Come Clean To Your Doctor

If you’ve ever told a white lie to your doctor – or just didn’t tell the whole truth – you’re not alone.

A recent study in JAMA Network Open found that the majority of the 4,500 patients studied withheld information from their physicians. Those with more health problems were even less likely to be completely open; for example, by not admitting they didn’t understand instructions, they disagreed with their doctors’ advice or they didn’t take medication as prescribed. That’s a problem.  

 Without adequate or accurate information, your doctor may not be able to reach the right diagnosis or establish an appropriate treatment plan, says study author Andrea Gurmankin Levy, PhD, associate professor of psychology at Middlesex Community College in Middletown, Connecticut. 

 The cost of not giving your doctor the whole story may be especially high with inflammatory arthritis. “It ups the odds your inflammation won’t be effectively treated. And that can lead to irreversible joint damage and other serious issues,” says Sadia Khan, MD, a rheumatologist at Mercy Medical Center in Baltimore. Here are some reasons people gave for hiding the truth, and what doctors say.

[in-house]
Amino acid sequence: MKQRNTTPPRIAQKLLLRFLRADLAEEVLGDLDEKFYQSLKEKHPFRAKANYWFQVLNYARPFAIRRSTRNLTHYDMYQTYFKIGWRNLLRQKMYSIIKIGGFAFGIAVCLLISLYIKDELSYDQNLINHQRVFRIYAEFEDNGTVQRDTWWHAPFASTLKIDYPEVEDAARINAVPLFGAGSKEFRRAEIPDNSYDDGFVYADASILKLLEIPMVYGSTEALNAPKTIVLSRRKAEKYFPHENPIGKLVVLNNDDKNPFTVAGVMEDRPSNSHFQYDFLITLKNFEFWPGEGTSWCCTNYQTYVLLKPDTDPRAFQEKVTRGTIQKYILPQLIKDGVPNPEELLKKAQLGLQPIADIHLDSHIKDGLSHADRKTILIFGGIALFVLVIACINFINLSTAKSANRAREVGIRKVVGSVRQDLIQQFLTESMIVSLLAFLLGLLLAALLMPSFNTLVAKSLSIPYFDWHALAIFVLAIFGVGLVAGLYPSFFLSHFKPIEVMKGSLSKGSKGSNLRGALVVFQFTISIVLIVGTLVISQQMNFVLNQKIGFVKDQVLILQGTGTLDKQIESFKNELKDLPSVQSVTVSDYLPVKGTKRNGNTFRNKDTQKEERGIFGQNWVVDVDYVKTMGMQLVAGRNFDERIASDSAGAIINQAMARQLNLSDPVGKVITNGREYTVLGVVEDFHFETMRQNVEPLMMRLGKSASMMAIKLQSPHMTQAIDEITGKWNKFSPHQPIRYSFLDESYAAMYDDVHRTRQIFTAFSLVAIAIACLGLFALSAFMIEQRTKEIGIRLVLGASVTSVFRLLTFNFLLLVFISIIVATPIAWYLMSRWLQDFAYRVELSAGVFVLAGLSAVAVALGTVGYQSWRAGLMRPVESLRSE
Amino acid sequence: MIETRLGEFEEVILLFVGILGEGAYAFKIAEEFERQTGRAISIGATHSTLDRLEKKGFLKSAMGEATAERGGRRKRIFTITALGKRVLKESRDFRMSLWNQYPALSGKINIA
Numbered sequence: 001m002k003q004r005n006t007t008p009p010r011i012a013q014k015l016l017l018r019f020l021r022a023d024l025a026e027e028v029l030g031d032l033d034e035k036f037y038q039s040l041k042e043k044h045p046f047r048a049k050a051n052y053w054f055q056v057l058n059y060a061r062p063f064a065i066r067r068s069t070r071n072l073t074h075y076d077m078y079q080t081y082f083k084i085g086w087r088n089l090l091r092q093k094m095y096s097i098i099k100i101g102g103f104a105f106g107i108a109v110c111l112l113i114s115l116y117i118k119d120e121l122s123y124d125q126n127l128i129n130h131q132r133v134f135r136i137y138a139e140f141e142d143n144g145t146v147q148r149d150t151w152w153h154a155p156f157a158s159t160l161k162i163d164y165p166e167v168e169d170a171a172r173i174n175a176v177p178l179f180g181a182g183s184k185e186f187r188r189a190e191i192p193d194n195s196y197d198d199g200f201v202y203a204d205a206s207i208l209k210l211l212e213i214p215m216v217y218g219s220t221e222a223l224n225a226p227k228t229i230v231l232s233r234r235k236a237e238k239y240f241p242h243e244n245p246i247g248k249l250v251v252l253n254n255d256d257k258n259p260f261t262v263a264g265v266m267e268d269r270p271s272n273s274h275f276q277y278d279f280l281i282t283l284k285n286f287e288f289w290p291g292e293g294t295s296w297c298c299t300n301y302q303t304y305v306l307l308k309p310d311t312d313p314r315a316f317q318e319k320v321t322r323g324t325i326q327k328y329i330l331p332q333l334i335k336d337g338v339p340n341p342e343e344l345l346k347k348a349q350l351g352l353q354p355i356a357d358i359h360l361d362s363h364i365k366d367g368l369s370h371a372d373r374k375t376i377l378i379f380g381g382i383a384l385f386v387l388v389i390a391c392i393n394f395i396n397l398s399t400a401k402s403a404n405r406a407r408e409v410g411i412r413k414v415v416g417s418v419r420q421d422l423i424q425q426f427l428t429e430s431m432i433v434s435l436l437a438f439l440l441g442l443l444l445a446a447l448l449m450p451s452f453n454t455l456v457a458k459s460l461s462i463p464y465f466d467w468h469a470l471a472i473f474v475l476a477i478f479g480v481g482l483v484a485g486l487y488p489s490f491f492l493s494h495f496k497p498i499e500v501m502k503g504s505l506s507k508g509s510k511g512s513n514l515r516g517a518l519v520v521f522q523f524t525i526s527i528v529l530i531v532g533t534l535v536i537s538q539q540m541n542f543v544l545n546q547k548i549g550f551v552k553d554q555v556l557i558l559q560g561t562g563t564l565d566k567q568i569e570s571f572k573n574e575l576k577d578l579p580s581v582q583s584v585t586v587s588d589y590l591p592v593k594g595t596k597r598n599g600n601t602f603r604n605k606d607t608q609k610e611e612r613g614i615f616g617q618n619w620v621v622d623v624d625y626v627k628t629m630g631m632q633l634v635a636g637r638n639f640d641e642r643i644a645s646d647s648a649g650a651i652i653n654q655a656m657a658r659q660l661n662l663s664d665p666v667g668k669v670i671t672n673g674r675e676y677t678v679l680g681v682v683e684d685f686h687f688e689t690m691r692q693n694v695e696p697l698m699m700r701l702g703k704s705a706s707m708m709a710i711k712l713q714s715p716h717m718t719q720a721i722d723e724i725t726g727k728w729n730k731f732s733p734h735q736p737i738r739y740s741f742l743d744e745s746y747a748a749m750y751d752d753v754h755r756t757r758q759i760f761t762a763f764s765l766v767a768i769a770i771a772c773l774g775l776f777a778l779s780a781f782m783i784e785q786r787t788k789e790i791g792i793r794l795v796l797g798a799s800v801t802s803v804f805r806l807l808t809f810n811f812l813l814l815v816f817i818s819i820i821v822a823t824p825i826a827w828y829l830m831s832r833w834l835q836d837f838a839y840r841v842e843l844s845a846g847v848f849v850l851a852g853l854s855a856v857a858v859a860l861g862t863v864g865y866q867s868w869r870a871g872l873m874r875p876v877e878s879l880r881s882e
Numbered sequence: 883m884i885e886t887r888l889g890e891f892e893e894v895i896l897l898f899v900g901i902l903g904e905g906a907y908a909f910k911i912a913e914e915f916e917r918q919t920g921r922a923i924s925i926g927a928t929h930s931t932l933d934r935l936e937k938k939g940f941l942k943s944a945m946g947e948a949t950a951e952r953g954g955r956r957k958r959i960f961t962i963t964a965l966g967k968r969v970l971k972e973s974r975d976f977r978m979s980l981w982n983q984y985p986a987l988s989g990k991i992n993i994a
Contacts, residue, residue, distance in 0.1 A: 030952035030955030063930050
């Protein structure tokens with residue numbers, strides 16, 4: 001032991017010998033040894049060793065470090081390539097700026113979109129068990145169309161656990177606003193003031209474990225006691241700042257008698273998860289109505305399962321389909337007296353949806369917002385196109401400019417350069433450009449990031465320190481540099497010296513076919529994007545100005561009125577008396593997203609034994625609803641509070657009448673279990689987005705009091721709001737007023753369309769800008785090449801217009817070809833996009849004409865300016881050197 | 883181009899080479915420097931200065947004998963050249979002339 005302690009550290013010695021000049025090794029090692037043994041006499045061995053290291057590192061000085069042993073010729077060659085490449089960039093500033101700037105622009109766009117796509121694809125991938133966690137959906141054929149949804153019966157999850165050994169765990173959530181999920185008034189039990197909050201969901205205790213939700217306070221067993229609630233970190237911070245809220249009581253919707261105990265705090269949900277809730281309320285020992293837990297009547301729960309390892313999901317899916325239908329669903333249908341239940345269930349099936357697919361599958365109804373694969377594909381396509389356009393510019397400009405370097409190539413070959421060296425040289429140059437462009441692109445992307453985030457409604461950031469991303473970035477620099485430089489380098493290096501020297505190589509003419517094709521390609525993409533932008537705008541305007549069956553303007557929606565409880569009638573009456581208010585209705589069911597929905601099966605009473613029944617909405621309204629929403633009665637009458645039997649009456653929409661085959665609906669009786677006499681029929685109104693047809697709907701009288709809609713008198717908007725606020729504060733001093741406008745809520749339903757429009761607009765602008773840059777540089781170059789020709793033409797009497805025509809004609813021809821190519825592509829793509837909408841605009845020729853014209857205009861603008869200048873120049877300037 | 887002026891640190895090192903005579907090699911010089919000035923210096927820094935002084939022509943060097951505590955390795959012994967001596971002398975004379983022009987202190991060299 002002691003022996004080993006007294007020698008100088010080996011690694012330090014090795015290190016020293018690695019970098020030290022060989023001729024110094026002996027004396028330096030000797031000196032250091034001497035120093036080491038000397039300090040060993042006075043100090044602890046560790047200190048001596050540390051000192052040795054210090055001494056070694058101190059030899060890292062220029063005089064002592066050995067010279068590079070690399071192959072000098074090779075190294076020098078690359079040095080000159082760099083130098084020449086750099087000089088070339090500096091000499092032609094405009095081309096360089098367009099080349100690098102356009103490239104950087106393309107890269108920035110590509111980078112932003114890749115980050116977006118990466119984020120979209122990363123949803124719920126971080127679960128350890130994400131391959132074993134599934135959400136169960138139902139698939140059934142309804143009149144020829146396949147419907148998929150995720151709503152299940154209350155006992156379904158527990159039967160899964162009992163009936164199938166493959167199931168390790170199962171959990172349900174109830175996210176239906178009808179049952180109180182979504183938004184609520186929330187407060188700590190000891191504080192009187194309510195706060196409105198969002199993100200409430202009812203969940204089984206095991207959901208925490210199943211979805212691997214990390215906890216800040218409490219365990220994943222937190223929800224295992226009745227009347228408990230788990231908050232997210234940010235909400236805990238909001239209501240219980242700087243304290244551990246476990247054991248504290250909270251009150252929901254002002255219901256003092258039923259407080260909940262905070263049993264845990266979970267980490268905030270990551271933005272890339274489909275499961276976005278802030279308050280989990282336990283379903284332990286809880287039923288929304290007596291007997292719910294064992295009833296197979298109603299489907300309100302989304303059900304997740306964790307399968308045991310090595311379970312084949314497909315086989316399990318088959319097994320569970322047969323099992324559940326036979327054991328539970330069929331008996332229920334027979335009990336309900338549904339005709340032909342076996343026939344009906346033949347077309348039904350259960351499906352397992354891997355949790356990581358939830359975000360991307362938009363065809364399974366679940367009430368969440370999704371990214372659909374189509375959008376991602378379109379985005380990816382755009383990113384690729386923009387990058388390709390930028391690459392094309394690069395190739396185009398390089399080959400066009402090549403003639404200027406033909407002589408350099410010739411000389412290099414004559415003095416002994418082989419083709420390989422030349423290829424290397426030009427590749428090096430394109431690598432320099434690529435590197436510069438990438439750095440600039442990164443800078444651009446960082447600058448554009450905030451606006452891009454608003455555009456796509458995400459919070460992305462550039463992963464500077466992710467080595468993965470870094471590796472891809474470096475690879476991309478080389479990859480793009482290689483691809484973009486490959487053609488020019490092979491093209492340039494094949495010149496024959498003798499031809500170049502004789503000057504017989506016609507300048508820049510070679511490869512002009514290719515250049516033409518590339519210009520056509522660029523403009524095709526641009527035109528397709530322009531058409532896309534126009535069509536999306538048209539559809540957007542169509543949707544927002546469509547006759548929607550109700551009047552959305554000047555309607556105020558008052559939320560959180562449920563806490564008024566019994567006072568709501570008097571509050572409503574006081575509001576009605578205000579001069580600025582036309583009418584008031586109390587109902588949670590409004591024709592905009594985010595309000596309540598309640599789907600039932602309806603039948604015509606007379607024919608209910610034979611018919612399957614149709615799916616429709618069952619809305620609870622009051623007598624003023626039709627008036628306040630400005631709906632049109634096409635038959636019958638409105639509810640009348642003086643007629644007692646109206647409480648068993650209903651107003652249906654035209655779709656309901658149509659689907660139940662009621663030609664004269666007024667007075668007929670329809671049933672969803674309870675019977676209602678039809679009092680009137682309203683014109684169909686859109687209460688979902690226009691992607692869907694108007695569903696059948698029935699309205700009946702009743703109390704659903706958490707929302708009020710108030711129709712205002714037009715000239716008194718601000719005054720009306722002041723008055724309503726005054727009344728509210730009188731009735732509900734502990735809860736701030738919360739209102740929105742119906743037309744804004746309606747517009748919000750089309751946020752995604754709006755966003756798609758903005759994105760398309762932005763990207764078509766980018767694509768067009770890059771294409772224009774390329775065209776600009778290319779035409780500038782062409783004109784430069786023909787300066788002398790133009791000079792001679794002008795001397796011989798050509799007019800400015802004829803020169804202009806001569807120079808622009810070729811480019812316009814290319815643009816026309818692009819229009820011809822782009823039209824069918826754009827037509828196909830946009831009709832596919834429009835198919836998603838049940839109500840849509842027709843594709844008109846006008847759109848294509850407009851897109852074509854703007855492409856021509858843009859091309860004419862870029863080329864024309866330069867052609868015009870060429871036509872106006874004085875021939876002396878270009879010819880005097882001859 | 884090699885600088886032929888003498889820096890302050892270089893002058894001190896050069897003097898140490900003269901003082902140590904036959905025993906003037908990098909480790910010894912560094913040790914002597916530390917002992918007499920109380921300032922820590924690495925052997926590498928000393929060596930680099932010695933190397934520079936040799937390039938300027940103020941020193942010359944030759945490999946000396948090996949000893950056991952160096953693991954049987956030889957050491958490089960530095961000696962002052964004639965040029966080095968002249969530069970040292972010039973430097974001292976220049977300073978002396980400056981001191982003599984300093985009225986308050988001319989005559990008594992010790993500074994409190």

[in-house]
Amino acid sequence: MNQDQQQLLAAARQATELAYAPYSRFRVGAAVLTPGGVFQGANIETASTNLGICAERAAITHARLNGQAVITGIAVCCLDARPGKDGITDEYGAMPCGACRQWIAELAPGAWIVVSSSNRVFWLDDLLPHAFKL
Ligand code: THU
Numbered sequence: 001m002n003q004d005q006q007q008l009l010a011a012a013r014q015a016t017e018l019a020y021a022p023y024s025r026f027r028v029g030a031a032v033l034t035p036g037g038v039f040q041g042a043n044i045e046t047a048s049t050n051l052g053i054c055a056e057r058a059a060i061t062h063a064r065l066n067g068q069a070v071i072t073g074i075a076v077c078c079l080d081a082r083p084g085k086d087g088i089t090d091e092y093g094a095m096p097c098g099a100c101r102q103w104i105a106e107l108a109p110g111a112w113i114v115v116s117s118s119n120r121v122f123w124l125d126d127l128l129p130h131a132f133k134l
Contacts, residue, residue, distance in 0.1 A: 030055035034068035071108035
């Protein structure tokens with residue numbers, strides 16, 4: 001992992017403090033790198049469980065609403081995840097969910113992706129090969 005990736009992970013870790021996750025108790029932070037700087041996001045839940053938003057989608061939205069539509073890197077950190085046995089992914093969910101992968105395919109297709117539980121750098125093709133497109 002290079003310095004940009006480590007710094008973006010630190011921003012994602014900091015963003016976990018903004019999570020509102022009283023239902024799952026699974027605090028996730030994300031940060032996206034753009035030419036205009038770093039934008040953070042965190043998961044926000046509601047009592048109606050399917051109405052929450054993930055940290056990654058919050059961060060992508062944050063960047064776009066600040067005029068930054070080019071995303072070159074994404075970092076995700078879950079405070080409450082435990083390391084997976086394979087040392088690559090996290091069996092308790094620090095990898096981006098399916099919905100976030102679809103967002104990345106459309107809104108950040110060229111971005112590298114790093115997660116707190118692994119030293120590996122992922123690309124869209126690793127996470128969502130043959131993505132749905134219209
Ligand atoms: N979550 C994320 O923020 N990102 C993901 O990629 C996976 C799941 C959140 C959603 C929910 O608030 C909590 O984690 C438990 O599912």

“I don’t want to be judged or lectured.”
Reality: “As doctors, it’s our job to help you, not judge you,” says Dr. Khan. If you feel your doctor doesn’t listen to your concerns, then it’s time to see another doctor. 

 “I don’t want to hear how harmful my behavior is.”
Reality: You probably know that habits like smoking or eating too much sugar aren’t good for you, but understanding the risks and consequences may help you stop them, says Levy. 

“I’m embarrassed.”
Reality: “Whether you have inadequate [insurance], money worries or are ashamed because you feel like you’re not disciplined, doctors have lots of resources to offer,” says Dr. Khan. “But we can only help if we know what’s going on.” 

 “I don’t want my doctor to think I’m a difficult patient.”
Reality: “Your health care is a partnership between you and your doctor,” says Susan Goodman, MD, a rheumatologist at Weill Cornell Medicine and Hospital for Special Surgery in New York City. If you disagree or have questions, speak up. “Your doctor should hear you out and find a treatment plan that meets your goals and needs,” she says. 

 “I don’t want to take too much time.”
Reality: A good physician knows that effective care takes time. “If you can’t have a comprehensive conversation with your doctor, the odds of finding a treatment strategy you’ll stick with are low,” says Dr. Goodman. Consider seeing a new doctor if yours is always rushed.  

 How well do you communicate with your doctors? Find out what others are saying and join the discussion here arthritis.org/ATCommunity. 

 

 

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